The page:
The Star of Bethlehem: What Was It?

Posted by Worldview Warriors On Sunday, December 23, 2012 0 comments

After Jesus was born in Bethlehem in Judea, during the time of King Herod, Magi from the east came to Jerusalem and asked, “Where is the one born king of the Jews? We saw his star in the east and have come to worship him.” –Matthew 2:1,2

What was the star that the Magi were following after the birth of Jesus? It is a minute detail within this very popular and important narrative that the author neglects to mention. I know that it is not the most important or significant detail in the entire Bible, nor is it a detail that should steal the attention away from the grander narrative of Christ’s birth and life. Nonetheless, it has fascinated me every time I come across a possible explanation for the identity of the star of Bethlehem. Proving its former existence and identity would make a strong case for the authenticity of the Christmas story. If it were proven to be nothing more than a myth, it would cause damage to the authenticity of the entire Gospel message.

The first possibility, and perhaps the most obvious in relation to the story, is that it may have been supernatural. There is evidence within the text that this was the case. For instance, the star appeared at a particular time and prevailed for the majority of their journey. After they visited Herod, it appeared that the star went ahead of them until it rested over the home of Jesus (Mt 2:9). How would it have rested over the child’s home had it not been supernatural?

Although this seems like an adequate explanation, I have always found other explanations quite intriguing. After all, Genesis tells us, “Let there be lights in the expanse of the sky…and let them serve as signs to mark season and days and years” (1:14). Could this have been one of the days that the stars were meant to indicate?

In 1603, Astronomer Royal Johannes Kepler observed a conjunction of stars. Saturn and Jupiter were en route to align with the constellation Pisces. He remembered a prediction by an ancient rabbi that the Messiah would appear after Saturn and Jupiter met in conjunction with Pisces. This event, according to his observations, would have taken place around 6 or 7 B. C. It is assumed that Jesus would have been born after these dates, but many scholars have speculated, and rightly so, that our current calendar does not perfectly coincide with the birth of Christ. The current calendar is probably off by a few years. There was doubt concerning Kepler’s observations, but in 1925 A.D. German scholar P. Schnabel analyzed ancient documents from Babylon that confirmed that this conjunction of stars did indeed occur in 7 B. C. (Werner Keller, The Bible as History, (New York: Bantam books, 1980) 361-362.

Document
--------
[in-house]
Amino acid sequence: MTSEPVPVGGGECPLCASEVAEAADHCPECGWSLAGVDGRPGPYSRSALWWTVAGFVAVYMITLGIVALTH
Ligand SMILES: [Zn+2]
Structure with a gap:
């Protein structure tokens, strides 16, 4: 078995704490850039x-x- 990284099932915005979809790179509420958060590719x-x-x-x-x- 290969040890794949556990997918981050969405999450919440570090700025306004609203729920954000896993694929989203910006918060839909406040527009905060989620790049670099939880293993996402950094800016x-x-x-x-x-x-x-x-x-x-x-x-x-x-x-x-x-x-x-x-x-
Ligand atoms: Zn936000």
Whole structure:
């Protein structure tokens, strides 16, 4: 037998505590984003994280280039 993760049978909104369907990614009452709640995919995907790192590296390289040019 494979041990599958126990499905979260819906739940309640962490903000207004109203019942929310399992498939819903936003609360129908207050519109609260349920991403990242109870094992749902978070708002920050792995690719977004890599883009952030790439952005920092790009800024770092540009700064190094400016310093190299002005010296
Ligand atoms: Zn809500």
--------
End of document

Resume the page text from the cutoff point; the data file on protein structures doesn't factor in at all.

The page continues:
Another possibility is that the star was a supernova. Certain early church historians, Ignatius, Eusebius, etc., noted that ancient records testified to the birth of a “new star” that had appeared in the sky. Such an occurrence would indicate the event of either a nova (the birth of a new star) or a supernova (a star exploding). Either of these events would have emitted a great amount of light and could have been acknowledged as being a new star by the ancient observers. The new star was supposedly observed from around the world near the supposed time of Jesus’ birth. Morris claims that a comet, conjunction, or a supernatural guiding light would not have been confused as being a “star” by the Magi who were brilliant scholars in regards to astronomy. Note, however that a supernova would have been the destruction of an existing star opposed to the creation of a new one. (Henry Morris, The Biblical Basis for Modern Science, (Green Forrest, Arizona: Master Books, 2008) 166-167.

This topic is should not be taken dogmatically because the most important aspect of this star was that it existed. Thus far the most likely explanation given only the testimony of Scripture would be that the star was supernatural. Nonetheless, it is still likely that the star may have been entirely natural and ordained by God through his created order to announce the season of his Son. This possibility is quite exciting because evidence of the star’s existence would have been left behind in either ancient records or in the sky itself. Most importantly, the uniqueness of the star of Bethlehem drew strangers from a foreign land to the town of Bethlehem to worship a baby who they believed was royal, possibly divine. It was a baby who, like the star, was totally unique. Whatever the star was, it must have been magnificent.